About 30 years ago, John Gardner popularized the phrase, “One man can do anything.” Today I am sure he would more likely say, “One man or woman can do anything.” Indeed many, if not most, of the significant events in history are associated with the name of one person. At other times, even the actions of a nameless or unknown person may bend the course of history.
One such example of this is lifted up in Paul Wellman’s great book, “Magnificent Destiny,” a tale about the life of Andrew Jackson and his vision of the westward expansion of the U.S. Wellman relates that in 1844, on the eve of Election Day, Freeman Clark of Switzerland County, Indiana lay seriously ill. He begged his sons to carry him over the mountain into town so that he could vote for David Kelso–an ardent Jackson supporter. After voting and returning home, Clark died but Kelso won by one vote.
Soon after being seated in the Indiana legislature, Kelso became embroiled in a deadlock contest to elect a U.S. Senator. After 25 tie votes Kelso offered a compromise candidate, Edward Hannigan, who won by one vote. Hannigan took his seat in the U.S. Senate amid the debate to admit Texas into the U.S. The attempt had failed twice. However, Hannigan, a new senator, provided the extra vote needed, and Texas was voted in by a one-vote margin.
Paul Wellman wrote, “Can it thus be said that the vote of a dying man in the hills of a backwoods county made Texas a state?”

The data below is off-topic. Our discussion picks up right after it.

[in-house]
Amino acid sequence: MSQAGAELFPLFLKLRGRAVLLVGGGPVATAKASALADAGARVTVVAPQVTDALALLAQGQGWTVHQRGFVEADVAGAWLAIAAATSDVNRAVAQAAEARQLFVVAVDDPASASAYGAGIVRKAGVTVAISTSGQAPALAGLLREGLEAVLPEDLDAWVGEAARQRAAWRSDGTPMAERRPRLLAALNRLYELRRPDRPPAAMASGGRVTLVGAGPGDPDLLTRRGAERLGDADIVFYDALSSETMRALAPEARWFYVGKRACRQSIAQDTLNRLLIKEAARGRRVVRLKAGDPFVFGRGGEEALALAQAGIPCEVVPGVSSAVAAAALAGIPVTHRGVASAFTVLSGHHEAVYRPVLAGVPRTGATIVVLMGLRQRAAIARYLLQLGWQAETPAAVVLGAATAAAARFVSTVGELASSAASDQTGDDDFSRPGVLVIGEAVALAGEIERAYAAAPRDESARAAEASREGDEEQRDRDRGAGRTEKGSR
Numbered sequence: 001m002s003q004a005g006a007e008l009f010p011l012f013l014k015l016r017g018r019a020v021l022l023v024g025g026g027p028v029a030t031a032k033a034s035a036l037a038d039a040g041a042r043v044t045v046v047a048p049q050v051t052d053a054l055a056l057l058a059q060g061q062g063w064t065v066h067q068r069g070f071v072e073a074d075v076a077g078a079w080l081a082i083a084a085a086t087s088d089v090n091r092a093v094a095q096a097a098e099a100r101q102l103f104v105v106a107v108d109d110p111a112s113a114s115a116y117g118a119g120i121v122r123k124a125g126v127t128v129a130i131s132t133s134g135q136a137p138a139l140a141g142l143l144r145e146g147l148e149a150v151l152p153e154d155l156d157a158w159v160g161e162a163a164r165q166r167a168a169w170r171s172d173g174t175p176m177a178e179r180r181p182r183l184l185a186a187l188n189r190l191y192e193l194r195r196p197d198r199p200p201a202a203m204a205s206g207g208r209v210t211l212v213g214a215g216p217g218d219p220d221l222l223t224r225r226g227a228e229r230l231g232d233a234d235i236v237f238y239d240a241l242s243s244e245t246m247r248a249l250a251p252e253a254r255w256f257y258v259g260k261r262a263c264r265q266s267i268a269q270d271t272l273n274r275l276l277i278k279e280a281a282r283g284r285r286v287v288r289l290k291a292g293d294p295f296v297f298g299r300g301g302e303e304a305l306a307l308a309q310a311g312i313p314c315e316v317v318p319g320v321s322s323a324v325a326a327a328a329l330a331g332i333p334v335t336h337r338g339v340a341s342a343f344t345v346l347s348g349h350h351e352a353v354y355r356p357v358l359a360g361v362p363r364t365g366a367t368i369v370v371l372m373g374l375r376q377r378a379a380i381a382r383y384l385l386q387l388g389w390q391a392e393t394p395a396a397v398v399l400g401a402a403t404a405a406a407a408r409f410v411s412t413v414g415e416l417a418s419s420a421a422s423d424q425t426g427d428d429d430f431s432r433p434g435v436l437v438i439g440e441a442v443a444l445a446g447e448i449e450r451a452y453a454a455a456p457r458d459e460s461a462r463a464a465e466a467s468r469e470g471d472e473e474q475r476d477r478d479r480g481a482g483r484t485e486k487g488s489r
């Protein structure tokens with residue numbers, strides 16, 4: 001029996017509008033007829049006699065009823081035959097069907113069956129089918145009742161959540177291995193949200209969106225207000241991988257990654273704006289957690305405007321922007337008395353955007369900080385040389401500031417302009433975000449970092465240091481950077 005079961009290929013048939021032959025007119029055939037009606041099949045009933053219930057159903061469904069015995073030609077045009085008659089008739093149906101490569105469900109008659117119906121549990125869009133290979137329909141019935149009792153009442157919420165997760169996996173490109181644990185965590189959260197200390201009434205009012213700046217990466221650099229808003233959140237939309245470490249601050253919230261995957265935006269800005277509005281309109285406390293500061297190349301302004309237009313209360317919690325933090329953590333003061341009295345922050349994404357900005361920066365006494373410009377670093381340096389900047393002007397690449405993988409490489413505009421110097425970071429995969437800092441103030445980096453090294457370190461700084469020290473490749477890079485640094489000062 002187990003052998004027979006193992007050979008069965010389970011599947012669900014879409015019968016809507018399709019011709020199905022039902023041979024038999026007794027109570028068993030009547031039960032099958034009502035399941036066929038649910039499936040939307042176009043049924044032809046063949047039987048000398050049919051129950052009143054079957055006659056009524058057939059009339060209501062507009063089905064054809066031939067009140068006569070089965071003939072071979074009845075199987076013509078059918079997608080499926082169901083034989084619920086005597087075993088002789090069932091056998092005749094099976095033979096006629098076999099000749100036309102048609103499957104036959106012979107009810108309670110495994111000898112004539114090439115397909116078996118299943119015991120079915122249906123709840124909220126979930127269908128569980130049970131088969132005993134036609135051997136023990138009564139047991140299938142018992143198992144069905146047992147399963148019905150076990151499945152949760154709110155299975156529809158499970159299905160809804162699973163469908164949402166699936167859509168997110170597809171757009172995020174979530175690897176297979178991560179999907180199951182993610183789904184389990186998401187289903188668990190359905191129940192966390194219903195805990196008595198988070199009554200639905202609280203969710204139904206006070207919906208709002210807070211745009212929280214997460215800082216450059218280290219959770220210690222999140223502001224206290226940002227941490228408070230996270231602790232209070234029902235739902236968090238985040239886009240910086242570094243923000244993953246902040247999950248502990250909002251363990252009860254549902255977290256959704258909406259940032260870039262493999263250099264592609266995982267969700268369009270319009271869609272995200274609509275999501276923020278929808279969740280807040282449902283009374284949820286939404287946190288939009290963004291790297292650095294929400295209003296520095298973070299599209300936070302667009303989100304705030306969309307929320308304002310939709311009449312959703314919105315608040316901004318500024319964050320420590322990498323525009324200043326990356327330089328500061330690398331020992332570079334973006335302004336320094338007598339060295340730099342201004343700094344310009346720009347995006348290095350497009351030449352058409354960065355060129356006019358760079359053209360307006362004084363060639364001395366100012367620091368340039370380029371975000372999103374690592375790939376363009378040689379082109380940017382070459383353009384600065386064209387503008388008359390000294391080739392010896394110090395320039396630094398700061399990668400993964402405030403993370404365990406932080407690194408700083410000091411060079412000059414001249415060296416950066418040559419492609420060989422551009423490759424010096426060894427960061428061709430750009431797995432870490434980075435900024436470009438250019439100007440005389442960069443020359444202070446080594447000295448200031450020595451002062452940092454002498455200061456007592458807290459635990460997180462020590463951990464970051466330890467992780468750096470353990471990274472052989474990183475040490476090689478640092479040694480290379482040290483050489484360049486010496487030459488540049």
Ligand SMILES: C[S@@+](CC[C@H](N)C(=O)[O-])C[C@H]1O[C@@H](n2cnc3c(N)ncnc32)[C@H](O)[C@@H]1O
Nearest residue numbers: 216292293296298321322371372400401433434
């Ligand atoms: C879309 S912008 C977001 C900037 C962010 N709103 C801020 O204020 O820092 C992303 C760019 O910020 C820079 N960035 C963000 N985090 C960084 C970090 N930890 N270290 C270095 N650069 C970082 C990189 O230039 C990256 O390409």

Ordinarily, this concept is viewed as positive and implies accomplishment through some combination of inventiveness, creativity, leadership or a special brand of charisma. However, such is not always the case, for those same talents can also be used in a destructive way.
For example, in the last half of the 19th century, there emerged on the world scene a man with all three qualities. Ferdinand De Lesseps possessed enormous charisma, which, combined with leadership and creativity, was the driving force behind his successful building of the Suez Canal. He thus became the “authority” on canal building.
Quite logically then, it was to De Lesseps the French turned to when they undertook building a canal across the Isthmus of Panama. He accepted the challenge but committed a grave error. Because of the pre-eminence bestowed upon him, he ignored the advice of lesser lights in the engineering world and did not fully probe the challenges. Instead, he viewed it as just another Suez without weighing the differences.
De Lesseps thus led the people of France into a catastrophe. After spending 1.5 billion francs and wasting over 20,000 lives, the effort ended in failure and for the leaders, disgrace and prison.